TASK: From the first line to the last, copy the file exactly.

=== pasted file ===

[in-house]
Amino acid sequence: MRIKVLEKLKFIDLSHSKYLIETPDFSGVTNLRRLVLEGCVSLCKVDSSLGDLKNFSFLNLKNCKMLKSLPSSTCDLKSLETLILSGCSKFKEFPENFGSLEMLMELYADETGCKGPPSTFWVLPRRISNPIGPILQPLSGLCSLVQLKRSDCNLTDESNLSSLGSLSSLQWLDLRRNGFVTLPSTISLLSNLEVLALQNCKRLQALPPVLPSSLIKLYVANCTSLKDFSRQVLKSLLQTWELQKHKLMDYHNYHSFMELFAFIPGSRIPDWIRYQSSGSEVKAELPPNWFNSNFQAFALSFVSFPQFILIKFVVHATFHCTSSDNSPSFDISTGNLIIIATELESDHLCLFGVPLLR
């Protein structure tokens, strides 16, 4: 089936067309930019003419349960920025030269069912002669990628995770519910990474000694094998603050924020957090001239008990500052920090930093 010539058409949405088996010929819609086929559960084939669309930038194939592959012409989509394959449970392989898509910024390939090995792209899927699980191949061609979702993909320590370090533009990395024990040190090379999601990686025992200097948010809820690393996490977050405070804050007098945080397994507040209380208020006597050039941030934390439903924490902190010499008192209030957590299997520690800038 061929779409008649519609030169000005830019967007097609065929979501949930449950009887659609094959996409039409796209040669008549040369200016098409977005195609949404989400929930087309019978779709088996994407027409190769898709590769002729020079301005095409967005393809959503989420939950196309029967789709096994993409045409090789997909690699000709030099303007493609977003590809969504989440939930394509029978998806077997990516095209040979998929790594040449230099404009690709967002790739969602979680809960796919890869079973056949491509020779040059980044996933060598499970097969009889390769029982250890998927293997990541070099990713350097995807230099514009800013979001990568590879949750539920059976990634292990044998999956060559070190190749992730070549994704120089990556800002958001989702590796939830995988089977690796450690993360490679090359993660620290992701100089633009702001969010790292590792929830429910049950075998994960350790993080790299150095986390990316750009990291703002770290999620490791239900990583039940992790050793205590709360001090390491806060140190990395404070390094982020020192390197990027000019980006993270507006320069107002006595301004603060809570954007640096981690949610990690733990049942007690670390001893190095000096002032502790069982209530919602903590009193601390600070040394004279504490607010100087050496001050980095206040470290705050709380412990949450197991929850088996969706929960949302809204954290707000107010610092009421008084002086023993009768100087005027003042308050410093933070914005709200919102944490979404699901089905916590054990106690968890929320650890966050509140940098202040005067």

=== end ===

[in-house]
Amino acid sequence: MRIKVLEKLKFIDLSHSKYLIETPDFSGVTNLRRLVLEGCVSLCKVDSSLGDLKNFSFLNLKNCKMLKSLPSSTCDLKSLETLILSGCSKFKEFPENFGSLEMLMELYADETGCKGPPSTFWVLPRRISNPIGPILQPLSGLCSLVQLKRSDCNLTDESNLSSLGSLSSLQWLDLRRNGFVTLPSTISLLSNLEVLALQNCKRLQALPPVLPSSLIKLYVANCTSLKDFSRQVLKSLLQTWELQKHKLMDYHNYHSFMELFAFIPGSRIPDWIRYQSSGSEVKAELPPNWFNSNFQAFALSFVSFPQFILIKFVVHATFHCTSSDNSPSFDISTGNLIIIATELESDHLCLFGVPLLR
């Protein structure tokens, strides 16, 4: 089936067309930019003419349960920025030269069912002669990628995770519910990474000694094998603050924020957090001239008990500052920090930093 010539058409949405088996010929819609086929559960084939669309930038194939592959012409989509394959449970392989898509910024390939090995792209899927699980191949061609979702993909320590370090533009990395024990040190090379999601990686025992200097948010809820690393996490977050405070804050007098945080397994507040209380208020006597050039941030934390439903924490902190010499008192209030957590299997520690800038 061929779409008649519609030169000005830019967007097609065929979501949930449950009887659609094959996409039409796209040669008549040369200016098409977005195609949404989400929930087309019978779709088996994407027409190769898709590769002729020079301005095409967005393809959503989420939950196309029967789709096994993409045409090789997909690699000709030099303007493609977003590809969504989440939930394509029978998806077997990516095209040979998929790594040449230099404009690709967002790739969602979680809960796919890869079973056949491509020779040059980044996933060598499970097969009889390769029982250890998927293997990541070099990713350097995807230099514009800013979001990568590879949750539920059976990634292990044998999956060559070190190749992730070549994704120089990556800002958001989702590796939830995988089977690796450690993360490679090359993660620290992701100089633009702001969010790292590792929830429910049950075998994960350790993080790299150095986390990316750009990291703002770290999620490791239900990583039940992790050793205590709360001090390491806060140190990395404070390094982020020192390197990027000019980006993270507006320069107002006595301004603060809570954007640096981690949610990690733990049942007690670390001893190095000096002032502790069982209530919602903590009193601390600070040394004279504490607010100087050496001050980095206040470290705050709380412990949450197991929850088996969706929960949302809204954290707000107010610092009421008084002086023993009768100087005027003042308050410093933070914005709200919102944490979404699901089905916590054990106690968890929320650890966050509140940098202040005067």